(Ala. Code § 13A-1-2.)

Penalties for second degree assault with a deadly weapon

Someone convicted of assault in the second degree while using, or attempting to use, a firearm or deadly weapon, can be subjected to any or all of the following penalties:

  • Incarceration. Imprisonment is required for ten years.
  • Fines. The court can impose a fine up to $15,000. If the defendant received a pecuniary gain as a result of the crime, the court can impose a fine up to double the pecuniary gain received by the defendant, even if the amount exceeds $15,000.
  • Probation. A person on probation regularly meets with a probation officer and fulfills other terms and conditions, such as maintaining employment and attending counseling.
  • Community service. Courts often include as a part of probation the requirement that the defendant work for a specified number of hours with court-approved organizations, such as charities.
  • Habitual offender. If the defendant has a previous felony conviction, the law imposes increased penalties. The judge will sentence the defendant as if he committed assault in the first degree. The penalties for assault in the first degree are discussed above.

(Ala. Code §§ 13A-5-6, 13A-5-11, 13A-5-9.)

Third Degree Assault With a Deadly Weapon

An assault with a deadly weapon constitutes assault in the third degree, classified as a Class A misdemeanor, when an accused causes, with criminal negligence, physical injury to another with a deadly weapon or a dangerous instrument.

(Ala. Code § 13A-6-22.)

What Constitutes “criminal negligence?”

Criminal negligence is more serious than simple negligence or carelessness, which accompanies most accidents. A person acts with criminal negligence by failing to perceive a substantial and unjustifiable risk. For example, causing an automobile accident while driving five miles per hour over the speed limit might result in civil liability against the driver. On the other hand, driving considerably faster than the speed limit and causing injury to someone might result in a criminal charge.

(Ala. Code § 13A-2-2.)

Penalties for third degree assault with a deadly weapon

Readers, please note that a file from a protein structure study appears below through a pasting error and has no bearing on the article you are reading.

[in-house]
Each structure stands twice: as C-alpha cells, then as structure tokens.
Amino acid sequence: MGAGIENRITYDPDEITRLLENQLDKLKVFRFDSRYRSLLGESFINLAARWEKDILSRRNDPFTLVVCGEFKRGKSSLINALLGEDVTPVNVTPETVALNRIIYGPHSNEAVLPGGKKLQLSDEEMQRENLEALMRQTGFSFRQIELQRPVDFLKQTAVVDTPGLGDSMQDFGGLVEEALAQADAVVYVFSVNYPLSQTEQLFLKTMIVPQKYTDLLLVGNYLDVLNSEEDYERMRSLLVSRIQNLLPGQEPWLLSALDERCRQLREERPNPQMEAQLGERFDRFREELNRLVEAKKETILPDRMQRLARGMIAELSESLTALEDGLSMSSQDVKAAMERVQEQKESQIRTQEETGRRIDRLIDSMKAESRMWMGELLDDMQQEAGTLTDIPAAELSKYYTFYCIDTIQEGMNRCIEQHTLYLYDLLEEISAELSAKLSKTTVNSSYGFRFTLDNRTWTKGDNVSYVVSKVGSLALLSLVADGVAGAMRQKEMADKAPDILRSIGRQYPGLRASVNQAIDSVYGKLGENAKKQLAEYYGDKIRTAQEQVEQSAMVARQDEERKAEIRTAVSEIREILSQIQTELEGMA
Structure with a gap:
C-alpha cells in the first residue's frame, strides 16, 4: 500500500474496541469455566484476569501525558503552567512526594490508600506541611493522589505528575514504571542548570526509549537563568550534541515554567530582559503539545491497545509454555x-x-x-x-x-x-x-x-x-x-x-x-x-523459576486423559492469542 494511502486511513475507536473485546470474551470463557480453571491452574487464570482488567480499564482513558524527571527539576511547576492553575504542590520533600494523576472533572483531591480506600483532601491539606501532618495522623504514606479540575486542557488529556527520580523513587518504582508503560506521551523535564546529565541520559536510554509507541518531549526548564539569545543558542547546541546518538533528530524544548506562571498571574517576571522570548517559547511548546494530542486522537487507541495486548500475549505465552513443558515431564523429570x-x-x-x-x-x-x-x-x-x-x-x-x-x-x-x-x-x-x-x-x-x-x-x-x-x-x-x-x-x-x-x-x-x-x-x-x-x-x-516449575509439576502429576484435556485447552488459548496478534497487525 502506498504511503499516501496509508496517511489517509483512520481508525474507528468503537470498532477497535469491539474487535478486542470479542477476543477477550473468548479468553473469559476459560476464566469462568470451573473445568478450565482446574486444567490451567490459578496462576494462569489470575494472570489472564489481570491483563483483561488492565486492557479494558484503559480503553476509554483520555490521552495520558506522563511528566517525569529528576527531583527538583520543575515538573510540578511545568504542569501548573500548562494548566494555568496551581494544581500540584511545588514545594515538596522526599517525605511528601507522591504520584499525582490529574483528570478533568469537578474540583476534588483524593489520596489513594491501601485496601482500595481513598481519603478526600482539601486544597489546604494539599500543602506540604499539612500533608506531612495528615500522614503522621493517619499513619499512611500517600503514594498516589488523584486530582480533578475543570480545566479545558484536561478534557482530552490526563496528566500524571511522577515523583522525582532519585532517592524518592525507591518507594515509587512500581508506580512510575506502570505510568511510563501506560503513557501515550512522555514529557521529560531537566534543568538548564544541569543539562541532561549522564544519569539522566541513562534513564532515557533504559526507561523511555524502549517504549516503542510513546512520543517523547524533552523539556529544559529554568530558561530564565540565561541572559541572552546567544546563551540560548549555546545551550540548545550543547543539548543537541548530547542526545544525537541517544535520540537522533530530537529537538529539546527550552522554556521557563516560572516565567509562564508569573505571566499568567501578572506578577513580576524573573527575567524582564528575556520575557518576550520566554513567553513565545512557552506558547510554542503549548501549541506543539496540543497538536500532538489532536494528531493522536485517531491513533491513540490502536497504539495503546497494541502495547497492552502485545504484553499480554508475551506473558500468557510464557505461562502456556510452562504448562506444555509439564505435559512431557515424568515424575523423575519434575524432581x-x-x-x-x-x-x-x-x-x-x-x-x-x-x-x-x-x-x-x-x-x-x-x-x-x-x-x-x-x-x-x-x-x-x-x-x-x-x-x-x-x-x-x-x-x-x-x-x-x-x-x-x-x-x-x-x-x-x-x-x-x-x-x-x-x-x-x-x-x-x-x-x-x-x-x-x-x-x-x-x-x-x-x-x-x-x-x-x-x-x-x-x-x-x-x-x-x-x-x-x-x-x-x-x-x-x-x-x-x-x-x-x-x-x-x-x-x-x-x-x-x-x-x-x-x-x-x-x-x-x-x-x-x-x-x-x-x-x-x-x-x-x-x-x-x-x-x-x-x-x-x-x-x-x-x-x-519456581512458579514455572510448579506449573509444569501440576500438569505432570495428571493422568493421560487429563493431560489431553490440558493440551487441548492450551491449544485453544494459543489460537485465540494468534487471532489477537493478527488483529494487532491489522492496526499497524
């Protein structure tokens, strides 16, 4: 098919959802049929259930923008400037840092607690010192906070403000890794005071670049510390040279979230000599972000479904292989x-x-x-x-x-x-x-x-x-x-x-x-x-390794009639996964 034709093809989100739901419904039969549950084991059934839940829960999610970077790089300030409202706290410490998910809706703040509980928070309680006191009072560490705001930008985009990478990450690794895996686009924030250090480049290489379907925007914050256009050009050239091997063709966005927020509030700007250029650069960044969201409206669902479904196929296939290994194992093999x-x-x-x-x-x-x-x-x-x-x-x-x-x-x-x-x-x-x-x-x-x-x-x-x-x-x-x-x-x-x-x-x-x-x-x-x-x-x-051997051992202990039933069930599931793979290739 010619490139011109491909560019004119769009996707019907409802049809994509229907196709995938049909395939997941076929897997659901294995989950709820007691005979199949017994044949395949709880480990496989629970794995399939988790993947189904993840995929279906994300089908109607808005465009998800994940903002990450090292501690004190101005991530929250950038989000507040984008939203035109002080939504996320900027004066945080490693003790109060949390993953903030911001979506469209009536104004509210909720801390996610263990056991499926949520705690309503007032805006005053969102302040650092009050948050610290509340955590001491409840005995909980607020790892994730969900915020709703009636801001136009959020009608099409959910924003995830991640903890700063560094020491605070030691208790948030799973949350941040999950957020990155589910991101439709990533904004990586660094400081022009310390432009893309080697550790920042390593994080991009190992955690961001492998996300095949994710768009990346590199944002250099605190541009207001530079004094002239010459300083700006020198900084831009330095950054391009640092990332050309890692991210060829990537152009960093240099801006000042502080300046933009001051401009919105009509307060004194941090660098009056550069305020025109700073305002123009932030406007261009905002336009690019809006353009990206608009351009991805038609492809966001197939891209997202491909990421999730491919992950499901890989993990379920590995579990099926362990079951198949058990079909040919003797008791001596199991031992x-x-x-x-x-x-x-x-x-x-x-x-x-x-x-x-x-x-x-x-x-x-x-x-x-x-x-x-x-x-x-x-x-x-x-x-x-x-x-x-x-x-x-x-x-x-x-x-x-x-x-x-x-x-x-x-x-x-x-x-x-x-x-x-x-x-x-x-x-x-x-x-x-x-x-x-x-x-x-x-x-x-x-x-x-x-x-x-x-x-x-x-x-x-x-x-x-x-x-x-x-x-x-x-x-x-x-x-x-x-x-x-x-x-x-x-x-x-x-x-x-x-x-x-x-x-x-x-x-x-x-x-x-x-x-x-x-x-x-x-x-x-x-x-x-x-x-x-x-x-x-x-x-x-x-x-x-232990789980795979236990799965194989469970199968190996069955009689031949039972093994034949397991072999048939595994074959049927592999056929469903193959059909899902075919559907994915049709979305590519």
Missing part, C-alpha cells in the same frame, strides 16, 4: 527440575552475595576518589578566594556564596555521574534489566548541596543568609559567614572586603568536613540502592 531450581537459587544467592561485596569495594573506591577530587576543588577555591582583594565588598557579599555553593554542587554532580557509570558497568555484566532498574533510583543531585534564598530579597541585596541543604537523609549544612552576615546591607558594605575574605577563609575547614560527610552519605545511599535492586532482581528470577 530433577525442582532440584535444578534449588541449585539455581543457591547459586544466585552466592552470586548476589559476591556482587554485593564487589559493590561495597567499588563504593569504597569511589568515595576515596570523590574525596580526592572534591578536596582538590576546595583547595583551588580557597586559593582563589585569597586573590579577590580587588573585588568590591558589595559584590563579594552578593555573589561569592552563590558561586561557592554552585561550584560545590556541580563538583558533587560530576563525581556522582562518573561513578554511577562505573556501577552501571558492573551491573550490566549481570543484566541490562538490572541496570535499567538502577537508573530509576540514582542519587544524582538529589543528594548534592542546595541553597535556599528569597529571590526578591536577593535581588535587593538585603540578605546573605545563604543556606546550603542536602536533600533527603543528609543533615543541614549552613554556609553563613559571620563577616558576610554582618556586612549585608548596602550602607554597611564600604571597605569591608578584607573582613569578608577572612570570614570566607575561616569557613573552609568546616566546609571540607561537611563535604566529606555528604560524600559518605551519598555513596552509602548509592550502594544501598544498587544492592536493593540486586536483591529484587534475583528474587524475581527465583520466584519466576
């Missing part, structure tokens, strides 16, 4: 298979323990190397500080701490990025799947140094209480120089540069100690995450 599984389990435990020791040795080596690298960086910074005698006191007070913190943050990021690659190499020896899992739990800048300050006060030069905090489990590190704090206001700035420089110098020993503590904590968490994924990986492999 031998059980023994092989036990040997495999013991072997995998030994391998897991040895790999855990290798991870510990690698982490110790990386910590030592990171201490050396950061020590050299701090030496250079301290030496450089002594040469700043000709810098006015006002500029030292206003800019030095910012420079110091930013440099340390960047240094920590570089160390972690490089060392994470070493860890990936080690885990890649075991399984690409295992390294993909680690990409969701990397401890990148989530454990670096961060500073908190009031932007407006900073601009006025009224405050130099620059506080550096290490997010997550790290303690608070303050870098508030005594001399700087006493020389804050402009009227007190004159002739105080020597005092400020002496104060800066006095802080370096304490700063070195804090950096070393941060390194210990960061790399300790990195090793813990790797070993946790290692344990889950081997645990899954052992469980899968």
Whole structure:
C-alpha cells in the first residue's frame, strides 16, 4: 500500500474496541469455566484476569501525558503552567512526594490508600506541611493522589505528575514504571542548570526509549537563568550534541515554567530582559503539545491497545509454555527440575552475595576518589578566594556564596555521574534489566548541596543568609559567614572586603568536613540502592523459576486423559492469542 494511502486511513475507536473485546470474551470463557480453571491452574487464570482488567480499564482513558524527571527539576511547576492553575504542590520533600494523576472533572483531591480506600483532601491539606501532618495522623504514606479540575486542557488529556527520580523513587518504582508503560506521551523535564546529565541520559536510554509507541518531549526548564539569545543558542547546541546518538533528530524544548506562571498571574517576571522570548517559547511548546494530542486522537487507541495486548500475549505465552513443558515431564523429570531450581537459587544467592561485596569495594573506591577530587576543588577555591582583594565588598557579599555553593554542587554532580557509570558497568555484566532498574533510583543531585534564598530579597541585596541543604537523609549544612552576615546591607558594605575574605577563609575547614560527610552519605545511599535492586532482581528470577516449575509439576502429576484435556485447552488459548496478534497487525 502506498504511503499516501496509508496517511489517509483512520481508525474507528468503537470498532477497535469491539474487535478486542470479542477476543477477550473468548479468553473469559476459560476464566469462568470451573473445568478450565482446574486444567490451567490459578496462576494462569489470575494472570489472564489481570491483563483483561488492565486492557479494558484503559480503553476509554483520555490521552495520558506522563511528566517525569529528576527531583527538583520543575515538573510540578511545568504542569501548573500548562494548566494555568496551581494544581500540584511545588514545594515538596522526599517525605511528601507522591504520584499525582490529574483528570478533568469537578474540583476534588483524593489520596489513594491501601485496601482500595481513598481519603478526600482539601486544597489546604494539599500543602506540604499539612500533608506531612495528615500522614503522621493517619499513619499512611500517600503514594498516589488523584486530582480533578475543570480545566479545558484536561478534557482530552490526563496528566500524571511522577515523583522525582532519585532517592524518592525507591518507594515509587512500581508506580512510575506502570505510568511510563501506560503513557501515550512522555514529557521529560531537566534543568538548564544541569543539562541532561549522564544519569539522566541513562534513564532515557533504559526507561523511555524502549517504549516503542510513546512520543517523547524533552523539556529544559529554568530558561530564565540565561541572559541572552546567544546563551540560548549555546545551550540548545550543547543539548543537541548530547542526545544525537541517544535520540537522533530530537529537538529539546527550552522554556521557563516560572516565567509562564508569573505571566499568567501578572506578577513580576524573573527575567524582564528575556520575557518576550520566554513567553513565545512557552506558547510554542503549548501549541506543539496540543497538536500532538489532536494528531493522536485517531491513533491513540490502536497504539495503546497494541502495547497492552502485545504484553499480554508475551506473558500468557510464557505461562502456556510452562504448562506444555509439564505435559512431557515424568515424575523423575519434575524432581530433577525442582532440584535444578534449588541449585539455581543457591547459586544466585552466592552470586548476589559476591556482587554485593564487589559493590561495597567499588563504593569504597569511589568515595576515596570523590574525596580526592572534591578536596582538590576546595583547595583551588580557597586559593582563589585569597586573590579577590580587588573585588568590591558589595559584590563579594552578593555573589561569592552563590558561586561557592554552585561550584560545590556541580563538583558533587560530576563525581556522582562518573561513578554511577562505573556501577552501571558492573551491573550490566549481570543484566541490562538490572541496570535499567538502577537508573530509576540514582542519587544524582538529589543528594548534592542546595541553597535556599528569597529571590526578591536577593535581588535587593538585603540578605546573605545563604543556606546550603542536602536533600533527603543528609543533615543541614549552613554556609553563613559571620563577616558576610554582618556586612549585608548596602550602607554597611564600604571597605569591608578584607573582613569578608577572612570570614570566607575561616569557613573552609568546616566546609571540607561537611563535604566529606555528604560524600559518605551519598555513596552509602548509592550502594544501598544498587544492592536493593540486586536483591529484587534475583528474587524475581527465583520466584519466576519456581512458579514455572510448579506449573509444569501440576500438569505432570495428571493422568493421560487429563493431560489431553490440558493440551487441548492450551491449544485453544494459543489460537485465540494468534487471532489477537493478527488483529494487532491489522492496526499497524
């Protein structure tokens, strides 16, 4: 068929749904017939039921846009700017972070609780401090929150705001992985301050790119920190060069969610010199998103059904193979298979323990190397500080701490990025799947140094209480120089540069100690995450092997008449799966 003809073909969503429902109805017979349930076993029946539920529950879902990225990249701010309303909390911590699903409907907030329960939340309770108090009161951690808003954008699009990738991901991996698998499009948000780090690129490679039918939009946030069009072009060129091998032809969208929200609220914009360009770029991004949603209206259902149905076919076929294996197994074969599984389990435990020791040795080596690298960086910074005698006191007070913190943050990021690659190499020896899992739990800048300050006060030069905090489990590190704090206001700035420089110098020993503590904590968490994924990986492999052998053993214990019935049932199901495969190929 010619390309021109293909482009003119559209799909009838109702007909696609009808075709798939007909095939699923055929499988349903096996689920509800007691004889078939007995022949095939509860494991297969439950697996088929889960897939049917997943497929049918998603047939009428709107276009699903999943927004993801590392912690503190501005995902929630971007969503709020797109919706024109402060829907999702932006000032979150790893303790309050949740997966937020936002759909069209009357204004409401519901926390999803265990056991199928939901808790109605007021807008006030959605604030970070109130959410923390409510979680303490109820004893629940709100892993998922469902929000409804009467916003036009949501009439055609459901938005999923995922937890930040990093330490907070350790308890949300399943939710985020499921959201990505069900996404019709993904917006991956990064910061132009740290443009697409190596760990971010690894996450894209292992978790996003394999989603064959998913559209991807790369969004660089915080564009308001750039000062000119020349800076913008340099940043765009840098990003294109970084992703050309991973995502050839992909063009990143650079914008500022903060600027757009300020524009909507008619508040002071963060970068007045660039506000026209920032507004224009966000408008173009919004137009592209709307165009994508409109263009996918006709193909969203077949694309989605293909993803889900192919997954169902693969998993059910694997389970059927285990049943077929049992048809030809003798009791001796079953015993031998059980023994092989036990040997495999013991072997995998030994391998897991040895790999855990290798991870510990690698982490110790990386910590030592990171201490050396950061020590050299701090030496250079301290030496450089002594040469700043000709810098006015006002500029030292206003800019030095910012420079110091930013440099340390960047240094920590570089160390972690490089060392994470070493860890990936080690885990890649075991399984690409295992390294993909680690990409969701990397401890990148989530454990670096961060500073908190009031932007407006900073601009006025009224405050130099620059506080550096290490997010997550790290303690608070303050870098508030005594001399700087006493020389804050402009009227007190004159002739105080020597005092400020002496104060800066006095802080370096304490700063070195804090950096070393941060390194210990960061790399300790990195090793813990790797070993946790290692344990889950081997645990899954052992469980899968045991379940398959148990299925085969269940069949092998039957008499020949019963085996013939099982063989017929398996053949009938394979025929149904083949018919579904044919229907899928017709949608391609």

Someone convicted of assault in the third degree can be subjected to any or all of the following penalties:

  • Incarceration. Not more than one year of hard labor for the county or imprisonment in the county jail.
  • Fines. The court can impose a fine up to $6,000. If the defendant received a pecuniary gain as a result of the crime, the court can impose a fine up to double the pecuniary gain received by the defendant, even if the amount exceeds $6,000.
  • Probation. A person on probation regularly meets with a probation officer and fulfills other terms and conditions, such as maintaining employment and attending counseling.
  • Community service. Courts often include as a part of probation the requirement that the defendant work for a specified number of hours with court-approved organizations, such as charities.

(Ala. Code §§ 13A-6-22, 13A-5-7, 13-A-5-12.)

Hate Crimes

Alabama requires additional jail or prison time if the assault was motivated by the victim's actual or perceived race, color, religion, national origin, ethnicity, or physical or mental disability. For assault in the first degree, the minimum prison sentence is ten years. For assault in the second degree, the minimum prison sentence is two years; and for assault in the third degree, the minimum jail sentence is three months.

(Ala. Code § 13A-5-13.)

See a Lawyer

If you are facing a charge of assault with a deadly weapon, consider consulting with an experienced criminal defense attorney who regularly practices in your area. Numerous defenses apply to charges of assault and a lawyer can evaluate the strength of the prosecution’s case against you and help develop any defenses that might apply to your case.

A lawyer’s skillful negotiation with the prosecutor can sometimes result in a reduction of charges or a reduction in penalties, such as less prison time, no prison time, probation, and lower fines. A local criminal defense attorney, who knows how the prosecutors and judges involved in your case typically handle such cases, can assist with these negotiations. And if you decide to go to trial, having a good lawyer on your side will be essential.